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Girvan RNLI lifeboat crew respond to Mayday distress call

Lifeboats News Release

At 9.30pm on Tuesday 6 September Girvan RNLI lifeboat volunteer crew's pagers were activated by Belfast Coastguard following a Mayday to Belfast Coastguard.

On arrival at the lifeboat station the crew were still receiving updates from Belfast Coastguard as to the call which ahd been sent out via VHF radio.

Within minutes the crew were kitted up, running along the jetty with the relief all weather lifeboat, Pride and Spirit, soon leaving her berth.

A full search commenced of the harbour area and towards the pier end and back again, as further updates were received from Belfast Coastguard and the lifeboat carried out a search parallel with the shoreline north past Maidens towards Culzean.

The lifeboat scanned the coastline and area utilising the onboard search lights and illuminating rocket flares. Once that stage of the search had been completed the lifeboat then commenced a search further offshore heading back towards Girvan.

A further search was completed south of the harbour, with RNLI colleagues at Troon Lifeboat launching approximately one hour after Girvan as updates came via the radio that a triangulation of the single mayday placed the distress call further up the coastline.

Girvan Coastguard Rescue Team conducted shoreline searches around Girvan, whilst further north Ardrossan Coastguard Rescue Team conducted shoreline searches to compliment Troon RNLI lifeboat's ongoing search.

After nearly three hours at sea with our search completed with nothing untoward found and HM coastguard continuing their investigations as to the calls origin, Girvan RNLI lifeboat stood down and returned to station where it was washed, refuelled and made ready for service at 12.30am.

On completion of the search, all resources were stood down and returned to station with Belfast Coastguard Operations Centre treating the this as a hoax radio call with malicious intent.

RNLI media contacts

Craig Sommerville, Girvan Lifeboat Press Officer, 01465 714454,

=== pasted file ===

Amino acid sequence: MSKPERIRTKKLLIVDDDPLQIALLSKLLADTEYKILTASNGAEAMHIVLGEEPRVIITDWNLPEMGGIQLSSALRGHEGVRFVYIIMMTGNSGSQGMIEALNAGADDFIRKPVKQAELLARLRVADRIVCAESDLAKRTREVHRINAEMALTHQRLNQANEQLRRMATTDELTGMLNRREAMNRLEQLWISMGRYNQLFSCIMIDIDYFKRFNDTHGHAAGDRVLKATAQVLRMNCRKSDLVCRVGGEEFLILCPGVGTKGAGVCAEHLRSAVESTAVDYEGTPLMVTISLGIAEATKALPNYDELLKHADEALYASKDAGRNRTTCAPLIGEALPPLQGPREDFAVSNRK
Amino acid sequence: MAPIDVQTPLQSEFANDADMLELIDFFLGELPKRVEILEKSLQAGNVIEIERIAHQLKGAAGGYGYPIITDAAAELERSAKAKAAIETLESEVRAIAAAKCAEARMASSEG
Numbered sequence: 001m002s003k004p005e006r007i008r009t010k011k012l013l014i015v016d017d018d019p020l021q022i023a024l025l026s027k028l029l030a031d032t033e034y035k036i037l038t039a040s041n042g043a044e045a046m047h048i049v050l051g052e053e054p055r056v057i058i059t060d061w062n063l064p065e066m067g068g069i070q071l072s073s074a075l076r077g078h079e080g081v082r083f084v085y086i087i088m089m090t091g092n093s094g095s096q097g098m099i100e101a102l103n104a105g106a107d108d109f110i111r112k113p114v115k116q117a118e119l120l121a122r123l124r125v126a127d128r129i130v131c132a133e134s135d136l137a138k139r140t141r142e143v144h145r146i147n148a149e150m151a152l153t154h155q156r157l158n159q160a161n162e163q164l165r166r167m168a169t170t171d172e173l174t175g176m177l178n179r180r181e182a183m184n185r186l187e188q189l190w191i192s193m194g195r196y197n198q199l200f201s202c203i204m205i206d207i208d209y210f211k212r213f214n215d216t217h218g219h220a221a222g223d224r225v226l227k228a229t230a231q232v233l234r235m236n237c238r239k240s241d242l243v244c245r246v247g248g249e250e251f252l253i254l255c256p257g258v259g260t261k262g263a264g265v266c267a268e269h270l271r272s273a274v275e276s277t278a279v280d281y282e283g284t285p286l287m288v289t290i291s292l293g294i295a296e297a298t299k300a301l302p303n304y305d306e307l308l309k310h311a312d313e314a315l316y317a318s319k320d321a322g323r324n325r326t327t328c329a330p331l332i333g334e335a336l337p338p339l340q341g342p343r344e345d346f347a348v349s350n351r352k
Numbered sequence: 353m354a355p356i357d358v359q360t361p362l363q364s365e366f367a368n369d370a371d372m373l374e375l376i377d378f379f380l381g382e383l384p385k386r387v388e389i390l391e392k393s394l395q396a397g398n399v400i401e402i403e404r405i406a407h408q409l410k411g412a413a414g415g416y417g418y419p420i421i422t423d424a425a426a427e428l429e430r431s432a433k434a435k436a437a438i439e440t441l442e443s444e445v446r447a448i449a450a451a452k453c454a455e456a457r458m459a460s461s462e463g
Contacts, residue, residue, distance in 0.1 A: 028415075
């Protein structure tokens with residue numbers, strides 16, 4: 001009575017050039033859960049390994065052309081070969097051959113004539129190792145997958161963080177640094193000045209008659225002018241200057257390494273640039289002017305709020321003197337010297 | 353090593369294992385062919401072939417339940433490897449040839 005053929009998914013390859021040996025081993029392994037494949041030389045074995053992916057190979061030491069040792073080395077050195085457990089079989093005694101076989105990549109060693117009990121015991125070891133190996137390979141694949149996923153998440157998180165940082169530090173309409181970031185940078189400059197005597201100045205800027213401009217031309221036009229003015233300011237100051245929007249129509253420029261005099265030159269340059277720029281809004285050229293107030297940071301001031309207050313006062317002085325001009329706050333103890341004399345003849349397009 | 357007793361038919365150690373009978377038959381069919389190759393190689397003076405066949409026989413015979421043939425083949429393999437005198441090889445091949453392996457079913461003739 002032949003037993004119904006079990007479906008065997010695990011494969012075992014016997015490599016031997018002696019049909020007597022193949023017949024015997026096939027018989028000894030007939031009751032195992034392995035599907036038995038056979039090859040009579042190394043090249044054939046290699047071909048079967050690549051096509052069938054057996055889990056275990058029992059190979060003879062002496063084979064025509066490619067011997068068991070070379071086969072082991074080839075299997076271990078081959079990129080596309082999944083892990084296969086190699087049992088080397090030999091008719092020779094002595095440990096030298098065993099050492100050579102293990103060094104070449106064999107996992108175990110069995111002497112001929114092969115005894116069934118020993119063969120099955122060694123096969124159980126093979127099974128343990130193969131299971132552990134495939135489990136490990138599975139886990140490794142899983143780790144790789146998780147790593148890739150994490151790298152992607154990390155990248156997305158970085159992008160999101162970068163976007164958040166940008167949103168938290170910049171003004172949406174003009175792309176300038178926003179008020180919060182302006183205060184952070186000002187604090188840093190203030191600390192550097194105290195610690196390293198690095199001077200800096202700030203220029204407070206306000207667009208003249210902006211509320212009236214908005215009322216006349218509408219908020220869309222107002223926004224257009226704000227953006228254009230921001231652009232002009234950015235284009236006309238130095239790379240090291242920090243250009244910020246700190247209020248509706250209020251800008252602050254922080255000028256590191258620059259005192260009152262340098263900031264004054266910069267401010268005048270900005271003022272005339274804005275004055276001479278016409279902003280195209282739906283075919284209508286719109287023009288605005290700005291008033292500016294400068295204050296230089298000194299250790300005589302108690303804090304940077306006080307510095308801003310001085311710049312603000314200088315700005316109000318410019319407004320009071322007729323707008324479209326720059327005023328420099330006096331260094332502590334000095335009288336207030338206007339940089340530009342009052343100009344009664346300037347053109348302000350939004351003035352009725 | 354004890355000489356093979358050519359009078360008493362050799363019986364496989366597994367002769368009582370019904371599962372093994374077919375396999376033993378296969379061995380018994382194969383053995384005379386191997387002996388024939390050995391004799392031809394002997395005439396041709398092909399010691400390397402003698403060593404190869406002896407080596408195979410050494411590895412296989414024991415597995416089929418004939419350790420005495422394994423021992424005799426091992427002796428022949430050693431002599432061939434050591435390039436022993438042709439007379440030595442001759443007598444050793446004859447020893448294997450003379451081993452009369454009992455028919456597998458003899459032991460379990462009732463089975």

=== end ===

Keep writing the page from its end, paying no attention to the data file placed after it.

Henry Weaver, RNLI Press Officer for Scotland, 01738 642986, 07771 943026,

Richard Smith, RNLI Public Relations Manager for Scotland, 01738 642956, 07786 668903,

RNLI Press Office, 01202 336789

Key facts about the RNLI

The Royal National Lifeboat Institution is the charity that saves lives at sea. Our volunteers provide a 24-hour search and rescue service in the United Kingdom and Ireland from 238 lifeboat stations, including four along the River Thames and inland lifeboat stations at Loch Ness, Lough Derg, Enniskillen, Carrybridge and Lough Ree. Additionally the RNLI has more than 1,000 lifeguards on over 240 beaches around the UK and operates a specialist flood rescue team, which can respond anywhere across the UK and Ireland when inland flooding puts lives at risk.

The RNLI relies on public donations and legacies to maintain its rescue service. As a charity it is separate from, but works alongside, government-controlled and funded coastguard services. Since the RNLI was founded in 1824 our lifeboat crews and lifeguards have saved at least 140,000 lives. Volunteers make up 95% of the charity, including 4,600 volunteer lifeboat crew members and 3,000 volunteer shore crew. Additionally, tens of thousands of other dedicated volunteers raise funds and awareness, give safety advice, and help in our museums, shops and offices.

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The RNLI is a charity registered in England and Wales (209603) and Scotland (SC037736). Charity number 20003326 in the Republic of Ireland